In this paper, three data compression methods are investigated to determine their ability to reduce large data sets obtained by a voltammetric electronic tongue without loss of information, since compressed data sets will save data storage and computational time. The electronic tongue is based on a combination of non-specific sensors and pattern recognition tools, such as principal component analysis (PCA). A series of potential pulses of decreasing amplitude are applied to one working electrode at a time and resulting current transients are collected at each potential step. Voltammograms containing up to 8000 variables are subsequently obtained. The methods investigated are wavelet transformation (WT) and hierarchical principal component analysis (HPCA). Also, a new chemical/physical model based on voltammetric theory is developed in order to extract interesting features of the current transients, revealing different information about species in solutions. Two model experiments are performed, one containing solutions of different electroactive compounds and the other containing complex samples, such as juices from fruits and tomatoes. It is shown that WT and HPCA compress the data sets without loss of information, and the chemical/physical model improves the separations slightly. HPCA is able to compress the two data sets to the largest extent, from 8000 to 16 variables. When data sets are scaled to unit variance, the separation ability improves even further for HPCA and the chemical/physical model. © 2001 Elsevier Science B.V.

  • 9.
    Ivarsson, Patrik
    et al.
    Asko Cylinder AB.
    Holmin, Susanne
    Linköping University, The Institute of Technology. Linköping University, Department of Physics, Chemistry and Biology, Applied Physics.
    Hojer, N.-E.
    Höjer, N.-E., Asko Cylinda AB, SE-534 82 Vara, Sweden.
    Krantz-Rülcher, Christina
    Linköping University, The Institute of Technology. Linköping University, Department of Physics, Chemistry and Biology, Applied Physics.
    Winquist, Fredrik
    Linköping University, The Institute of Technology. Linköping University, Department of Physics, Chemistry and Biology, Applied Physics.
    Discrimination of tea by means of a voltammetric electronic tongue and different applied waveforms2001Conference paper (Other academic)
    Abstract [en]

    A new sensor technology, an electronic tongue based on voltammetry has been developed at Linköping University. Three different metallic working electrodes are used in combination with a set of voltage "pulses", a waveform, to separate different samples. In this paper, three different waveforms are investigated. This is done through a study with nine different teas. Multivariate data analysis ((MVDA), principal component analysis (PCA)) is used to evaluate the data (the recorded current responses). The waveforms are large amplitude pulse voltammetry (LAPV), small amplitude pulse voltammetry (SAPV), and staircase voltammetry. Each method discriminated between the tea samples to some extent, but differently from each other. Best discrimination is achieved when the combination LAPV and staircase are merged together. When SAPV is included in the combination a worse separation is observed. It is clearly the case that more waveforms do not automatically lead to more information. © 2001 Elsevier Science B.V.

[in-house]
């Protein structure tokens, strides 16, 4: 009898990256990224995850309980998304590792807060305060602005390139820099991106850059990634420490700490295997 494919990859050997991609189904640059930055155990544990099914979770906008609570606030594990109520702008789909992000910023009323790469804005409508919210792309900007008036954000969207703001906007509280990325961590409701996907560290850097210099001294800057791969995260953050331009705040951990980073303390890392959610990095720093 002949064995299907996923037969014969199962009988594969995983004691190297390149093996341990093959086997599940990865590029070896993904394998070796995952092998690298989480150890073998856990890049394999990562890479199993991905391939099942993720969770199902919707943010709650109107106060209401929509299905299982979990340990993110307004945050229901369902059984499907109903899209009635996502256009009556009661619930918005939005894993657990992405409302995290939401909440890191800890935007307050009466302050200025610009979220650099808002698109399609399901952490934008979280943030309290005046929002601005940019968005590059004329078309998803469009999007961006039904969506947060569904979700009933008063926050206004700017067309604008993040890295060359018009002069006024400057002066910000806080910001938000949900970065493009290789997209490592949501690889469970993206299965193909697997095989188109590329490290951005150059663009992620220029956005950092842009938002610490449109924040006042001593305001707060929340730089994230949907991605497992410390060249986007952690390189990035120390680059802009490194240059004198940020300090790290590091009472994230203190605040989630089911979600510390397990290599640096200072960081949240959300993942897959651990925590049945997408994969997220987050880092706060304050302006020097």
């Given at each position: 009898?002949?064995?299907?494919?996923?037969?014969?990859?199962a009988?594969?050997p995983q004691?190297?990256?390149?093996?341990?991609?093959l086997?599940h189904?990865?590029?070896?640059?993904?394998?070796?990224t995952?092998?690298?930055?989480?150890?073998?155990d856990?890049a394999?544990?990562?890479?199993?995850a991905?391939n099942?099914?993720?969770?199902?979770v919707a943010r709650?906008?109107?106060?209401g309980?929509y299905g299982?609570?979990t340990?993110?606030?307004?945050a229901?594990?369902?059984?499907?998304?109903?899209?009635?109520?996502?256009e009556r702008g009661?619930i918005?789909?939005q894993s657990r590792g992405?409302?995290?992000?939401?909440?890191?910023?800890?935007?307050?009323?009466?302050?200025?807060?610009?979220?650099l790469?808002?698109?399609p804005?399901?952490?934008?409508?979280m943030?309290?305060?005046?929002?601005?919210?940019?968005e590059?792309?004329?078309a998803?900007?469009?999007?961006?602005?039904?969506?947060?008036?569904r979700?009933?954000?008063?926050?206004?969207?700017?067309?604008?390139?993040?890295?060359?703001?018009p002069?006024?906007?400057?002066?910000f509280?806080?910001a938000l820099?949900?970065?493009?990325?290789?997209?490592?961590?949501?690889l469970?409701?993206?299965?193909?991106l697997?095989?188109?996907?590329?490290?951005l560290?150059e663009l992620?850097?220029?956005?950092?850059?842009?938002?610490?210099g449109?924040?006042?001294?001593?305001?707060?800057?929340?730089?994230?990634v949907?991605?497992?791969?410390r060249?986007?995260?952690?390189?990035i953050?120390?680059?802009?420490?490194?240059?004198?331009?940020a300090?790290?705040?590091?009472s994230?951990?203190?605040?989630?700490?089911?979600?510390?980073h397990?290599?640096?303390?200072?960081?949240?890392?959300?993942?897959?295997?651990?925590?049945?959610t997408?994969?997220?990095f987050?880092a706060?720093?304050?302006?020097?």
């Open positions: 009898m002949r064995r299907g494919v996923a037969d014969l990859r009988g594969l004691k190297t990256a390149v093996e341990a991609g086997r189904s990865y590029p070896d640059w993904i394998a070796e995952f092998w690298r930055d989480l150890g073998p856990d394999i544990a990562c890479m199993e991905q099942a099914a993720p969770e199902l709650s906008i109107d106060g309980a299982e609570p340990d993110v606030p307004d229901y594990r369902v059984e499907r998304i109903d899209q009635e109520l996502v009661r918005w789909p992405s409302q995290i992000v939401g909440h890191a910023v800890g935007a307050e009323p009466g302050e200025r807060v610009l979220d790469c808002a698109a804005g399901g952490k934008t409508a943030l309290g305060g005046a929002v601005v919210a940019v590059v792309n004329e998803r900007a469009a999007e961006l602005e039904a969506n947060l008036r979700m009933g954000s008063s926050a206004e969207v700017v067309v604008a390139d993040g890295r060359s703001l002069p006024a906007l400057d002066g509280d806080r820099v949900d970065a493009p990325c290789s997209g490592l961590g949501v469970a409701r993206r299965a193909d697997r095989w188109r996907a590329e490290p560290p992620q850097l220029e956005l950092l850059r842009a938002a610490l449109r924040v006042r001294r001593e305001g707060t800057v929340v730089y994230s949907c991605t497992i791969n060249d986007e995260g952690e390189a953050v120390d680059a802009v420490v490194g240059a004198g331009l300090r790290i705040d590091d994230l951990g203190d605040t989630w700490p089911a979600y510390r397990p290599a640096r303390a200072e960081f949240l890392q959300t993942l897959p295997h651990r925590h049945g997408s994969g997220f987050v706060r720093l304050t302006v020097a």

• 10.
    Ivarsson, Patrik
    et al.
    Linköping University, Department of Physics, Chemistry and Biology, Applied Physics. Linköping University, Faculty of Science & Engineering. Asko Cylinder AB.
    Johansson, Madeleine
    Asko Cylinda AB.
    Höjer, Nils-Erik
    Asko Cylinda AB.
    Krantz-Rülcher, Christina
    Linköping University, The Institute of Technology. Linköping University, Department of Physics, Chemistry and Biology, Applied Physics.
    Winquist, Fredrik
    Linköping University, The Institute of Technology. Linköping University, Department of Physics, Chemistry and Biology, Applied Physics.
    Lundström, Ingemar
    Linköping University, The Institute of Technology. Linköping University, Department of Physics, Chemistry and Biology, Applied Physics.
    Supervision of rinses in a washing machine by a voltammetric electronic tongue2005In: Sensors and actuators. B, Chemical, ISSN 0925-4005, E-ISSN 1873-3077, Vol. 108, no 01-Feb, p. 851-857Article in journal (Refereed)
    Abstract [en]

    A study that investigates if it is possible to discriminate between the different rinses in a household washing machine with a voltammetric electronic tongue is concluded. The voltammetric electronic tongue applies a potential pulse train over two electrodes and measures the produced current. Multivariate data analysis is used to treat the data. In this paper, a simplified electronic tongue, with only 5% of the original current responses, is used. The rinses from 20 machine wash runs with four different prerequisites are investigated. Principal component analysis (PCA) and Soft-independent modelling of class analogy (SIMCA) are used in order to classify the rinses. In PCA, only one of the rinses is classified erroneous, and in SIMCA none of the rinses are classified only to the wrong class, although 38% of the rinses are classitied to more than one class. (c) 2005 Elsevier B.V. All rights reserved.